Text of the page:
The elder Johann Strauss' early musical training included a stint in Michael Pamer's dance orchestra -an ensemble that also included, for a time, Strauss' friend and col?league Joseph Lanner. Lanner and Strauss are credited equally with establishing the Viennese waltz as the mainstay of European entertainment establishments in the early nineteenth-century. Though his music is generally considered less inspired than that of his rival, Strauss' strength was his rhythmic ingenuity and vitality -a feature solidly evident in his most enduring work, the Radetzky March.
The Viennese light music made so pop?ular by Lanner, Strauss, and especially by Strauss' eldest son, Johann Jr., had it roots in the same folk materials that influenced the orchestral dances of Haydn, Mozart, Beethoven, Weber, and Schubert. But while these other composers sought to capture the spirit of the native folk through dance, Strauss saw an opportunity for invention. It was his inven?tive bent that produced, for example, the Chinese Galop, in which he blends the rapid 24 dance with faint hints of the exotic East.
Program notes by Luke Howard.
Born in Upper Austria, Ernst Ottensamer studied at the Bruckner Conservatory in Linz and with Professor Peter Schmidl at the Hochschule fur Musik in Vienna, where he graduated with honors in 1979. That same year, he joined the Vienna State Opera Orchestra, and has been a soloist with the Vienna Philharmonic since that time. Mr. Ottensamer is the founder of the Vienna Virtuosi and the Wiener Blaeserensemble. He has performed as soloist with the Vienna Chamber Orchestra, the Haydn Sinfonietta, the Budapest Philharmonic, the Tokyo Philharmonic Orchestra, the New Japan Philharmonic Orchestra, the Mozarteum Orchestra of Salzburg, the Bach Collegium Stuttgart, and the Vienna Philharmonic under Sir Colin Davis. He has recorded the Mozart and Weber clarinet concertos on Naxos.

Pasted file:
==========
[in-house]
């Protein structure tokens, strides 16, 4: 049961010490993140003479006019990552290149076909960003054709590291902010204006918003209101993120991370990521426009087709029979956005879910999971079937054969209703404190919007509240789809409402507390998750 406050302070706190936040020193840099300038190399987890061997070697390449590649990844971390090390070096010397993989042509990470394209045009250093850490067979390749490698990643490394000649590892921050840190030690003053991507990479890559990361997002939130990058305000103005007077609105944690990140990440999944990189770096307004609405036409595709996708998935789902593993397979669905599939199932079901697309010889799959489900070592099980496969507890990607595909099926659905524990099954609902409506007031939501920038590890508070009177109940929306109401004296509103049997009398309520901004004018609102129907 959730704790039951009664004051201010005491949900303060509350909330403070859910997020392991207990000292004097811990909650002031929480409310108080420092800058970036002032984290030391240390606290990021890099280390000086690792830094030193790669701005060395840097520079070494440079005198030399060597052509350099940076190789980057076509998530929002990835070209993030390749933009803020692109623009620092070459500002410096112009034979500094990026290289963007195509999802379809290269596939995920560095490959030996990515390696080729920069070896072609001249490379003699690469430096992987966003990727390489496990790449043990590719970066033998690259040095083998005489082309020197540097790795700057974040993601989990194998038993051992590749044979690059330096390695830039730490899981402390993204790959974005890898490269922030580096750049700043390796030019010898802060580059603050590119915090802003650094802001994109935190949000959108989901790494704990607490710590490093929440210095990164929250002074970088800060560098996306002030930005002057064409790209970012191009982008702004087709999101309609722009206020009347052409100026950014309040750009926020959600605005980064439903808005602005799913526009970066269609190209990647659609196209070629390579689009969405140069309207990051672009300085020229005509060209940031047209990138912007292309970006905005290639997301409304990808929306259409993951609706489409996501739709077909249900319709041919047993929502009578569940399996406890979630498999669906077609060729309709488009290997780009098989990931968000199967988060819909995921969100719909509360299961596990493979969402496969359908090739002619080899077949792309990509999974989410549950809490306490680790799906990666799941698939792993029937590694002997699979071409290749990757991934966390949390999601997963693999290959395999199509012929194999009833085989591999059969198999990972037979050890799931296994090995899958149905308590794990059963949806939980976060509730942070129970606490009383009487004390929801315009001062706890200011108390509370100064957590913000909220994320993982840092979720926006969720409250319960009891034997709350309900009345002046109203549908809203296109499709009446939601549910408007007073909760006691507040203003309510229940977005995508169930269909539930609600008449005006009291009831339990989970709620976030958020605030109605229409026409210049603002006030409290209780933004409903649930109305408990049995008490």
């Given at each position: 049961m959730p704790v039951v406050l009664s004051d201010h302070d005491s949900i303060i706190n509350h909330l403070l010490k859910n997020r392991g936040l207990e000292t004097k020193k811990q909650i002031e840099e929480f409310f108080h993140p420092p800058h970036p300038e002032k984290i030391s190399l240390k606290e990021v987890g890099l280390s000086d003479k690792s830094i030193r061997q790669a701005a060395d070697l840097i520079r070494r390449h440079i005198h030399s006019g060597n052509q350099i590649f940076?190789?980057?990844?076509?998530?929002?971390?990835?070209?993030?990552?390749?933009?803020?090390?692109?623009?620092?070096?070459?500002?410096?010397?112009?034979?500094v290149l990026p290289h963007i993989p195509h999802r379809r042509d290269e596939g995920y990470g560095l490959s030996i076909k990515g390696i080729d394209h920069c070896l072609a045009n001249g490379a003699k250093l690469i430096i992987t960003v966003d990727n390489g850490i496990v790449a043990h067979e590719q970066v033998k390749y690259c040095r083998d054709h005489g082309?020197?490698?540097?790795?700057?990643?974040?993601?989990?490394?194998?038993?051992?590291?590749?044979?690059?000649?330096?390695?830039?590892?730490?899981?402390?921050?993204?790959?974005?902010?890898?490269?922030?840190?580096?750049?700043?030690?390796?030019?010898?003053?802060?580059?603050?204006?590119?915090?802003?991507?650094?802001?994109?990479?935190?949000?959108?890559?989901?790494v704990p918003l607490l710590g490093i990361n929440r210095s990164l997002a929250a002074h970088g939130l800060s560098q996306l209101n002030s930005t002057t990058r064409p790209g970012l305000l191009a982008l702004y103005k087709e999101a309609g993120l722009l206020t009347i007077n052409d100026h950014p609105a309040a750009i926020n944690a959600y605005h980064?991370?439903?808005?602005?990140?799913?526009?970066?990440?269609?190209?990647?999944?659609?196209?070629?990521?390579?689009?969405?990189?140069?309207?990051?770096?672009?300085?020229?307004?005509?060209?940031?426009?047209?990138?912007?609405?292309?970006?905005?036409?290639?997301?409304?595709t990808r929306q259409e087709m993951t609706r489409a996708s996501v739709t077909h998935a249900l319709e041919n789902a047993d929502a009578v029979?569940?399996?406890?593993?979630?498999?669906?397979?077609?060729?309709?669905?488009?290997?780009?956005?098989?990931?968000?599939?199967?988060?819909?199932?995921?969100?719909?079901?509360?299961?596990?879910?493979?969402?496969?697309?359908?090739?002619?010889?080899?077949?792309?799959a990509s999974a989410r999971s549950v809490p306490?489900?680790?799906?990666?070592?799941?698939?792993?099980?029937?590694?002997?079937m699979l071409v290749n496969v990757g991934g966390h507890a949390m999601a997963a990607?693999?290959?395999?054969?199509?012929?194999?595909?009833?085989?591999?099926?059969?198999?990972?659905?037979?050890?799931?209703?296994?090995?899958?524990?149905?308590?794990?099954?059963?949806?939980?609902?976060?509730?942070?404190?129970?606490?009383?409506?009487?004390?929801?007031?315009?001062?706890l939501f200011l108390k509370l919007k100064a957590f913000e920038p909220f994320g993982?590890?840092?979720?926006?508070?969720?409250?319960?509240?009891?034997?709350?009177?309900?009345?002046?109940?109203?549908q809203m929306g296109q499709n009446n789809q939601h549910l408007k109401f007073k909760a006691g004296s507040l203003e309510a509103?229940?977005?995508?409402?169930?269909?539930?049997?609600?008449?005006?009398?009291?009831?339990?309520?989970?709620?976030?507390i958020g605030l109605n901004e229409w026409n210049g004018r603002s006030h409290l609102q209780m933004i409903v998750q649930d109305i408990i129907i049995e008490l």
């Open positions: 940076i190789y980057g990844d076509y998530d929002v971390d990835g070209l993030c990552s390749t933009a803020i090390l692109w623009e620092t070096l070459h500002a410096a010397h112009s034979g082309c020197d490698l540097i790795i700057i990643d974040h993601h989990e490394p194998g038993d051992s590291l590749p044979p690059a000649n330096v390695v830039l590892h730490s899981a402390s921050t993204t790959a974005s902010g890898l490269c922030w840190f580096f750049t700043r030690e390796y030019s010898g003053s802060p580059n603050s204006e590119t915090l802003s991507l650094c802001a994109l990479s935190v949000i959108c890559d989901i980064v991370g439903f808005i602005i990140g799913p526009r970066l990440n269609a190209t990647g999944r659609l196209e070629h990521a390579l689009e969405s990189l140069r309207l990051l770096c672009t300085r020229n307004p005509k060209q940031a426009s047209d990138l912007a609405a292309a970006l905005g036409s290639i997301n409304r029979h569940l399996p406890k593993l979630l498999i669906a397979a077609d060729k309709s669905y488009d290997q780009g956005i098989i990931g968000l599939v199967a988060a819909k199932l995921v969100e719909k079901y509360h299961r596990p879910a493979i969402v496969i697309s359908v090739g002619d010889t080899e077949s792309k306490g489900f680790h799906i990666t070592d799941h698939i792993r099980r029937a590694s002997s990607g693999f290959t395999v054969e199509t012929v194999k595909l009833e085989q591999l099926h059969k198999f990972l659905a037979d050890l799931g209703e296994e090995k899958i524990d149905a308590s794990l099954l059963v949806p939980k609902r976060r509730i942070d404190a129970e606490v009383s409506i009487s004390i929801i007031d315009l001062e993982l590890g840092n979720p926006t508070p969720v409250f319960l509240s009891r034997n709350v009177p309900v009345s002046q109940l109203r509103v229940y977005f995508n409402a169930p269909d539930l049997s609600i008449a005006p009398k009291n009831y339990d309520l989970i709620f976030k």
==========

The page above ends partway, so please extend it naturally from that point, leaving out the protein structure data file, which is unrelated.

The Vienna Virtuosi is a chamber ensemble composed of younger-generation players of the Vienna Philharmonic who occupy solo or first-chair positions in the orchestra. The ensemble was founded by Ernst Ottensamer, solo clarinettist of the orchestra, in 1990. It is a flexible group ranging in size from a small stringandor wind-ensemble to occasional chamber orchestra, and it offers works for smaller string or wind ensembles to octets, nonets, and even works for chamber orchestra or solo concertos. The repertoire spans from the Classical and Romantic to the Contemporary. The Vienna Virtuosi frequently invites world-renowned guest artists, such as Daniel Barenboim, Andre Previn, Rudolf Buchbinder and Stefan Vladar to join the group. The ensem?ble has its own concert cycle at the Musikverein Wien, appears at festivals such as Salzburg, Vienna and Ossiach, and regu?larly tours throughout Europe and Japan. In tonight's concert, U-M School of Music fac-
ulty members Richard Beene and Bryan Kennedy join the Vienna Virtuosi in the Mozart Clarinet Concerto.